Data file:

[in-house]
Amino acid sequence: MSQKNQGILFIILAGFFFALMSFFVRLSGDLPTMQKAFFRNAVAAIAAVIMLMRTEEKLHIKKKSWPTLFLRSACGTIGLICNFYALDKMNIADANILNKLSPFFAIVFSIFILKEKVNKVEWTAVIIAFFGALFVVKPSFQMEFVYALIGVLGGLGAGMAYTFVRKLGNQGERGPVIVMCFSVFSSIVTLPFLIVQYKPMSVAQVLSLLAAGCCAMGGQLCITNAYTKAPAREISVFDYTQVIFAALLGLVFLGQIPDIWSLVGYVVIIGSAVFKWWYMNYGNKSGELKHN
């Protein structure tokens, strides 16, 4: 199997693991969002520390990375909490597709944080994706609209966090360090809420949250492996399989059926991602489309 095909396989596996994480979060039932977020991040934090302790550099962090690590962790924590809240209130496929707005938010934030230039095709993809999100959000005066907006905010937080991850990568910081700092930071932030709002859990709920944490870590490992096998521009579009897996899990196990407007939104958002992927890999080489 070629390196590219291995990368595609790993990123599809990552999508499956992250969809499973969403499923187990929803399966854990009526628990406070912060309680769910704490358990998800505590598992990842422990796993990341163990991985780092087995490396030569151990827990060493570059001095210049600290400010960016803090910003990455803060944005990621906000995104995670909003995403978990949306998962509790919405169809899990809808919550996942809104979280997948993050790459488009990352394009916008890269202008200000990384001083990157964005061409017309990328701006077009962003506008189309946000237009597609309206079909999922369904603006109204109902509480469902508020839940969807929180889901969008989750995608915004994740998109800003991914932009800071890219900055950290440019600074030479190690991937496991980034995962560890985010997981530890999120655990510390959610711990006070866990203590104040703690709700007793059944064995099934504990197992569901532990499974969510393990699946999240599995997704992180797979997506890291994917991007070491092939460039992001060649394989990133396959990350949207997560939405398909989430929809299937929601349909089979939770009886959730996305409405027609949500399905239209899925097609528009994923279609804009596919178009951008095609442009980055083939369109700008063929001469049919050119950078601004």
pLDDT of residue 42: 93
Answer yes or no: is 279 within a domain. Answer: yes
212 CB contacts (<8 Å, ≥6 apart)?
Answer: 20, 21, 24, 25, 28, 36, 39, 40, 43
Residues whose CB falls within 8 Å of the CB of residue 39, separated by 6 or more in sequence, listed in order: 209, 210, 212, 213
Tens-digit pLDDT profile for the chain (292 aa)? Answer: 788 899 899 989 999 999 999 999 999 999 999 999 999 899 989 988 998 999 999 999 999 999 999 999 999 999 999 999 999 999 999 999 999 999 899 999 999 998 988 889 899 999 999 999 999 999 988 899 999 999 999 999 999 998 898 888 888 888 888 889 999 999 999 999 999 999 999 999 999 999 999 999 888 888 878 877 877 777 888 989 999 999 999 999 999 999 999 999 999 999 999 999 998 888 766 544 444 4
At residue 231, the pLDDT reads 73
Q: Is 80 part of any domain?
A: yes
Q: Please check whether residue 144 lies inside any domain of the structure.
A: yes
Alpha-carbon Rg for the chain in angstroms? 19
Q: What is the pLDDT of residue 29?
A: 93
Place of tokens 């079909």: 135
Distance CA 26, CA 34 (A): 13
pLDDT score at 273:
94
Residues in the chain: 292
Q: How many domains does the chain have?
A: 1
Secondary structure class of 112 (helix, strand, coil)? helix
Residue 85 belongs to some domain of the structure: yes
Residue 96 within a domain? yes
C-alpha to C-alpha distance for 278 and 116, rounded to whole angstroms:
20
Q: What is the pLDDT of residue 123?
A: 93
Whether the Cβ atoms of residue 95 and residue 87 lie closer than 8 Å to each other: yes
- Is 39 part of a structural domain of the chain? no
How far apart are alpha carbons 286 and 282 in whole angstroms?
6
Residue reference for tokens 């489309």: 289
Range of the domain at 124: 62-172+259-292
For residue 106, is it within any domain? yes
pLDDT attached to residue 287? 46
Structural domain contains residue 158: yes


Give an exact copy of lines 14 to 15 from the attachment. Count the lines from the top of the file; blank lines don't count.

A: yes
Alpha-carbon Rg for the chain in angstroms? 19